Summary: The Cook Creek Riparian Enhancement Project restored 4 miles of stream habitat by employing well tested silviculture techniques to increase conifers along the riparian areas for future large wood recruitment. Cook Creek is a tributary of the Lower Nehalem River. The confluence is located approximately 6.5 miles above the head of tidewater and is the one of the largest sub-basins in the Lower Nehalem Watershed Council (LNWC) boundaries. The stream has approximately 8 miles of coho habitat and also supports Chinook salmon as well as steelhead and cutthroat trout.
Previous ODFW and LNWC habitat surveys determined this sub-basin lacks adequate conifers and therefore poor future large wood recruitment, and multiple streamside locations are dominated by invasive plant species. This project resulted in considerable conifer planting (12,000 mixed conifer species), manual hemlock seeding (approx. 1 million seeds), and in several camping areas non-native plant removal (Scotch broom and Himalayan blackberry). Implementation of the project, future tree release prescriptions, and all effectiveness monitoring reports was completed through the combined efforts of Boswell Consultants, LNWC, ODF, ODFW, and BLM. OWEB funds were utilized for riparian planting materials and labor, purchasing and installing tree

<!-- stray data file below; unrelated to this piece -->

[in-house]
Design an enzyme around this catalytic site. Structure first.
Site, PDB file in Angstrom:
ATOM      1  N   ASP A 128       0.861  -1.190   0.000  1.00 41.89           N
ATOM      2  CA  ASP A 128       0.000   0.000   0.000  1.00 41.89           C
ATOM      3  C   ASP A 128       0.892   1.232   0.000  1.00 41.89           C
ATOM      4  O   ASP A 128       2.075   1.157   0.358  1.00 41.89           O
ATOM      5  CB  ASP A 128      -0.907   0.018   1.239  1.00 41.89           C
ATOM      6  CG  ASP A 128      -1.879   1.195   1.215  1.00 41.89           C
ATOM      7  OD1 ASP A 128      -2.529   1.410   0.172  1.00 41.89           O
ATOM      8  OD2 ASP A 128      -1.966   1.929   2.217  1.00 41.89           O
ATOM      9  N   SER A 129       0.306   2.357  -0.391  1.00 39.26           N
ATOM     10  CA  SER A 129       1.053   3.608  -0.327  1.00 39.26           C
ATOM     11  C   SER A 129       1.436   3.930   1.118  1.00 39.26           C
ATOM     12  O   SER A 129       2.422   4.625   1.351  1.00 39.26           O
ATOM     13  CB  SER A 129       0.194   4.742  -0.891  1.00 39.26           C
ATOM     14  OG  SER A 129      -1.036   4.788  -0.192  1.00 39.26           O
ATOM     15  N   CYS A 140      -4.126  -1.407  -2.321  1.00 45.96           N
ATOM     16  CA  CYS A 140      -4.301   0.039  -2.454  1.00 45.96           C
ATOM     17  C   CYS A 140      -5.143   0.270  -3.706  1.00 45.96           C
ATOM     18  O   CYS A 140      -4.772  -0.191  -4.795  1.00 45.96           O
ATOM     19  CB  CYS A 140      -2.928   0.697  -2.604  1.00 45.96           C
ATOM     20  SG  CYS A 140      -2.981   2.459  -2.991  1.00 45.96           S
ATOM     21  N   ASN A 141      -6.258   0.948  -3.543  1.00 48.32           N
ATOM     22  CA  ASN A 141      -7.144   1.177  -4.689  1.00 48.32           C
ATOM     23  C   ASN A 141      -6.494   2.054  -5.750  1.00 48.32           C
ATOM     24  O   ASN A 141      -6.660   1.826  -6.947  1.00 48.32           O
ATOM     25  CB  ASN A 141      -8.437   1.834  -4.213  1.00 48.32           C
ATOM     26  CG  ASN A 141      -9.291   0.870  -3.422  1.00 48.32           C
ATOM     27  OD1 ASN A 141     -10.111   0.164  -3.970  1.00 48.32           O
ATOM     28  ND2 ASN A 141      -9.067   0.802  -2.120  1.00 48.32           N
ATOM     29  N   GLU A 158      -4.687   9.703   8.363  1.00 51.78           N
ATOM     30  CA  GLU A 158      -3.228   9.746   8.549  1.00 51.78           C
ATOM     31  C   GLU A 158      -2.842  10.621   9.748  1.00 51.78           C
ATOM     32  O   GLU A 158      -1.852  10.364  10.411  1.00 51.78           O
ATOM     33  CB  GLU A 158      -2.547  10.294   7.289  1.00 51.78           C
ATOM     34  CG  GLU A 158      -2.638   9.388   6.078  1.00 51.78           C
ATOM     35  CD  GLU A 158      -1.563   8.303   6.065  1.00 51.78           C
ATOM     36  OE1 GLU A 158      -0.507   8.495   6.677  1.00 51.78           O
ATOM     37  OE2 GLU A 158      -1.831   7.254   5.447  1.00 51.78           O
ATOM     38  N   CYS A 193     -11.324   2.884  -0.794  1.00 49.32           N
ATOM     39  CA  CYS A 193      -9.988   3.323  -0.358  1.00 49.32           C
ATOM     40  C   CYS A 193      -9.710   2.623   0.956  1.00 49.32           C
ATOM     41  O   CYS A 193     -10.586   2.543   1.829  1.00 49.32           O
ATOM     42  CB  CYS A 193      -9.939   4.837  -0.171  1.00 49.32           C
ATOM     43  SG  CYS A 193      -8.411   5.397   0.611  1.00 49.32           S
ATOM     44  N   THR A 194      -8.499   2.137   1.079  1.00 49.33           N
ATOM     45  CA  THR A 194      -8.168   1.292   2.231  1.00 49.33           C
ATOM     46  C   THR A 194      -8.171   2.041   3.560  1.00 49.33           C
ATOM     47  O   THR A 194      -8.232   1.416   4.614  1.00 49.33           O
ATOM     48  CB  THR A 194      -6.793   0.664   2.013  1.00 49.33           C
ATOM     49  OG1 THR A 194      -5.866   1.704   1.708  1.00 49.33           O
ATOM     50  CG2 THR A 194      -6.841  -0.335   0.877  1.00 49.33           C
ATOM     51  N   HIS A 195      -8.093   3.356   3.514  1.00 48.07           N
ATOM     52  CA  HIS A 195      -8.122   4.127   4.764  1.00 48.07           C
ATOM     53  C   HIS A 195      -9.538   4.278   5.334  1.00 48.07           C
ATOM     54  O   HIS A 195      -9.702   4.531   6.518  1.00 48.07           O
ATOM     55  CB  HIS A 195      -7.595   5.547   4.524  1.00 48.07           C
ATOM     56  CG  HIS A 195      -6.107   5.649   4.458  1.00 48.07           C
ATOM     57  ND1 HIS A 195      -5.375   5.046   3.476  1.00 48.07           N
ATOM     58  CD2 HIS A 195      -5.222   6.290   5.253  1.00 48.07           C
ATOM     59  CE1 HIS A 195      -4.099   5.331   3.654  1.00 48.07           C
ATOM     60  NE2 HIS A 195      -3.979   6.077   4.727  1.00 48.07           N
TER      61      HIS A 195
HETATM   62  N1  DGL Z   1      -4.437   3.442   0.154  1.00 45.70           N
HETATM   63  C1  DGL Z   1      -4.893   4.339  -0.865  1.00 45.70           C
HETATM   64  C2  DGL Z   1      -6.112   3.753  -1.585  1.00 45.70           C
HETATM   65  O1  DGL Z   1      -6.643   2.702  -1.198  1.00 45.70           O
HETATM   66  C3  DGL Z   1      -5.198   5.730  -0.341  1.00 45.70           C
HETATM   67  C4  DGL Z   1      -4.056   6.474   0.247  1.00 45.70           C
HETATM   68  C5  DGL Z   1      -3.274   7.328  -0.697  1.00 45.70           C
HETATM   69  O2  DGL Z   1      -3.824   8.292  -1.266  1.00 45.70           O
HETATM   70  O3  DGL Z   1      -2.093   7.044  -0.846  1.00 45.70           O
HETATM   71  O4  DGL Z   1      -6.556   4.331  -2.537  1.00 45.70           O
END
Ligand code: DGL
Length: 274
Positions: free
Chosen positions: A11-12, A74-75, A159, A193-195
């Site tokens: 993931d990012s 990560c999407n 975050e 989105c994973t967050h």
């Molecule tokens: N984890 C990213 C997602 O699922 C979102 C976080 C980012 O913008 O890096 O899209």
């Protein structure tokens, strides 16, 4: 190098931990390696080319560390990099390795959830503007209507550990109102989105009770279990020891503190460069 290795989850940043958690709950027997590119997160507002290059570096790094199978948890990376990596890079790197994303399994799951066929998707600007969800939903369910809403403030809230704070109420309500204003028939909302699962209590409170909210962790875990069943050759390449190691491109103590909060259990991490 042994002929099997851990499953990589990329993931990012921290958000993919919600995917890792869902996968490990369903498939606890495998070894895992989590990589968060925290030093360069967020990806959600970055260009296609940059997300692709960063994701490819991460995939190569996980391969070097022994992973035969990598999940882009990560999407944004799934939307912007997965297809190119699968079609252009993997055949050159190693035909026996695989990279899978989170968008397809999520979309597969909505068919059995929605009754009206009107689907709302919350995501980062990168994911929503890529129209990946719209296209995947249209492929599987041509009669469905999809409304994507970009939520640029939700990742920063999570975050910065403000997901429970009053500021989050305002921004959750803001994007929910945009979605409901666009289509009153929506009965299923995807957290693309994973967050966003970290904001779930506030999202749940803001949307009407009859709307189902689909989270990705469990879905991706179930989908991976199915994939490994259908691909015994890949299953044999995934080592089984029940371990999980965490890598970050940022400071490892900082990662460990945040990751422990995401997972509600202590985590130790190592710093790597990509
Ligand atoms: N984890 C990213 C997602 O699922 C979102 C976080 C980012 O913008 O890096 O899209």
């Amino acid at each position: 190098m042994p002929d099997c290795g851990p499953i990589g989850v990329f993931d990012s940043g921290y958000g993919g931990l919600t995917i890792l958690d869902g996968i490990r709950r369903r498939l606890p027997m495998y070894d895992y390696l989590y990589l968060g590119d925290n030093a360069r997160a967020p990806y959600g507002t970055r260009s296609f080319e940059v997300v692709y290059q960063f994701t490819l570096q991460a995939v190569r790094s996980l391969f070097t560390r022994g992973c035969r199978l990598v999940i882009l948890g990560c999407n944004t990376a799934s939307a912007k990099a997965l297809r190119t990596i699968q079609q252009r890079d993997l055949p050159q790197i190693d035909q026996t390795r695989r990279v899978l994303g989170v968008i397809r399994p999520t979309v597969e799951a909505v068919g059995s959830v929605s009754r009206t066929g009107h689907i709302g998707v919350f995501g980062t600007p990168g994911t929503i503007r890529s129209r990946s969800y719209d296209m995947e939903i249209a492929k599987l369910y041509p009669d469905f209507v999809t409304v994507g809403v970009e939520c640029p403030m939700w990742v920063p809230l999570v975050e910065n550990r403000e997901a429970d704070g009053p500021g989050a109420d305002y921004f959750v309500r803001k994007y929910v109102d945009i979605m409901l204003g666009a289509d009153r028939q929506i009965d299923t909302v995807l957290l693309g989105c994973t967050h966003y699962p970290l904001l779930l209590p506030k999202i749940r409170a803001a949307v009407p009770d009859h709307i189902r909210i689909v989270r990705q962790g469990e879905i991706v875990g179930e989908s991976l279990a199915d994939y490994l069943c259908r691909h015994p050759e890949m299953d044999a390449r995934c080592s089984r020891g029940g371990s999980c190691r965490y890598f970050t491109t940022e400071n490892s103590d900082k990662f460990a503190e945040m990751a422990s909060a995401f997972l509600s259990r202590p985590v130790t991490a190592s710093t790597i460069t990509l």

cages and fence materials, labor for invasive plant removal costs, and some additional overhead costs for project management and fiscal administration.
Status: In progress
Partners: Oregon Dept. of Fish and Wildlife, Oregon Watershed Enhancement Board, Oregon Department of Forestry, Boswell Consultants, and the Bureau of Land Management